- Copyright © 2003 Society of Exploration Geophysicists
Seismic profiling across the ocean-land transition is a known challenge that requires a combination of data collection techniques. Seismic acquisition may require the use of swamp buggies, bay cables, ocean bottom hydrophones or seismometers, and/or marine air guns. The onshore-offshore seismic profiling technique, which uses moderate-to-widely spaced land instruments to record densely spaced marine air-gun sources, undershoots the coastline to provide detailed images of subsurface regions that cannot be seen in either marine or land profiles. Intermediate to wide-angle raypath geometries are common in this technique. Useful analysis methods include arrival-time velocity tomography or wide-angle prestack migration, neither of which is based on vertical-incidence raypaths.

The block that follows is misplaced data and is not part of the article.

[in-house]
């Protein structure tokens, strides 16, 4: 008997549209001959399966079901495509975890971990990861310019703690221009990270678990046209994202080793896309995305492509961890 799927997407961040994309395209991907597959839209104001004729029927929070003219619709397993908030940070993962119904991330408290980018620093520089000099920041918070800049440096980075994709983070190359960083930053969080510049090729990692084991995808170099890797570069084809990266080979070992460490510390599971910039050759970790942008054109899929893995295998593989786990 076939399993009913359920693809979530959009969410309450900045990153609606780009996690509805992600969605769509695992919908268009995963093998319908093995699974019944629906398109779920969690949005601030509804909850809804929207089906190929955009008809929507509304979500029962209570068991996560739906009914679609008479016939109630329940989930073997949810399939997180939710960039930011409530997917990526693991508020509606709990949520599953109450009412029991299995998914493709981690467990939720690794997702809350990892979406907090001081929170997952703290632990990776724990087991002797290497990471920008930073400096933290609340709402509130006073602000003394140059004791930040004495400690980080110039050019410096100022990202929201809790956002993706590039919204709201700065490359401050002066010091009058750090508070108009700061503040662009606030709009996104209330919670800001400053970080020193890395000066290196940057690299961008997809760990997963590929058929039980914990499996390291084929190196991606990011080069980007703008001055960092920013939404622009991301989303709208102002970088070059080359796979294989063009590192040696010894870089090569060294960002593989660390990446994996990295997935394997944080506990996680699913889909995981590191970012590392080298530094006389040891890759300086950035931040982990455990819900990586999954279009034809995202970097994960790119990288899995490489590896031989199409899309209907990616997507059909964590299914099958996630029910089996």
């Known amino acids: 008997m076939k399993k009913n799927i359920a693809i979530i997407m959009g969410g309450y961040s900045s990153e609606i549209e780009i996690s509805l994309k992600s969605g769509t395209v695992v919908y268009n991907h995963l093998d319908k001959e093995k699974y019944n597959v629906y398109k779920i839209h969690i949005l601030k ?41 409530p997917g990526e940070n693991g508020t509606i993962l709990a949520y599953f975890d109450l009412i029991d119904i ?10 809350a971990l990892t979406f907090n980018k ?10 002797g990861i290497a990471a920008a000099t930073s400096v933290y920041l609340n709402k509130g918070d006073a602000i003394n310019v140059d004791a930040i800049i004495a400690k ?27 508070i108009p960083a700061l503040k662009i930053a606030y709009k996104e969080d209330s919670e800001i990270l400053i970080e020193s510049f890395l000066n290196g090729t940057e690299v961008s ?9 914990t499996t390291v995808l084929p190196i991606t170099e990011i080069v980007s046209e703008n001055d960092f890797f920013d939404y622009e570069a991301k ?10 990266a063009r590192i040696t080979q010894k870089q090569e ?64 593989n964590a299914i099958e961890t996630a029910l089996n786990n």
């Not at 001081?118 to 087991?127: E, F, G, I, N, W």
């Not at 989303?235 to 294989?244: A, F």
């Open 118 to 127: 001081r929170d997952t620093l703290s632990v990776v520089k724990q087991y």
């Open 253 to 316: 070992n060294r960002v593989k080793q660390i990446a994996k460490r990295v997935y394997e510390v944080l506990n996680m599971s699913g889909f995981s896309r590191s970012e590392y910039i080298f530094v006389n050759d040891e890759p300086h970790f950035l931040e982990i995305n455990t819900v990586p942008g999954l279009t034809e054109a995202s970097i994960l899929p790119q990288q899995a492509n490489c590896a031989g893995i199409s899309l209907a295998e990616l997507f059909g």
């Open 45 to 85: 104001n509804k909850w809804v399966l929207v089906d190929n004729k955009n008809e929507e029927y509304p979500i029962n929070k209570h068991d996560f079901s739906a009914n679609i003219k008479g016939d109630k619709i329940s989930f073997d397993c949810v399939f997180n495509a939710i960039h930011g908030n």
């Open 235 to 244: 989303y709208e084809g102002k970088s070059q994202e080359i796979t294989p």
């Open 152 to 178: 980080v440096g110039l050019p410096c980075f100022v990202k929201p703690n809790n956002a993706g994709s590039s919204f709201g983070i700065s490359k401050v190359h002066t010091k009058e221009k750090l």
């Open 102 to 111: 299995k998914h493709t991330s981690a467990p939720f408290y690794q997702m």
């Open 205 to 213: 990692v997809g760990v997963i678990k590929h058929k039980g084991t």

The creation of the IRIS PASSCAL pool of portable seismic recorders accelerated an era of investigations of continental crust using this onshore-offshore seismic profiling technique. During the past decade, the crustal seismology community based primarily in Europe and North America has used this method to improve our understanding of the 3D structure of passive and active continental margins, ocean-continent subduction zone and arc systems, and plate boundaries situated near coastlines. Recent targets include the Baltic shield, conjugate margins on both sides of the mid-Atlantic spreading system, subducting slabs at Cascadia and the Andes, the Mendocino triple junction, the San Andreas strike-slip plate boundary, and as we report here, the Pacific/Indo-Australian transpressional plate boundary in southern New Zealand.
This latter plate boundary, which has often been compared to the Big Bend of the San Andreas fault in southern California, is an example of extremely active strike-slip translation and continent-continent convergence with one of the fastest present-day exhumation and erosion rates (8–10 mm/yr) in the world. Unlike the San Andreas fault, this southern New Zealand plate boundary has suppressed levels of modern seismicity which suggest either long recurrence rates for strong episodic earthquakes or a larger role …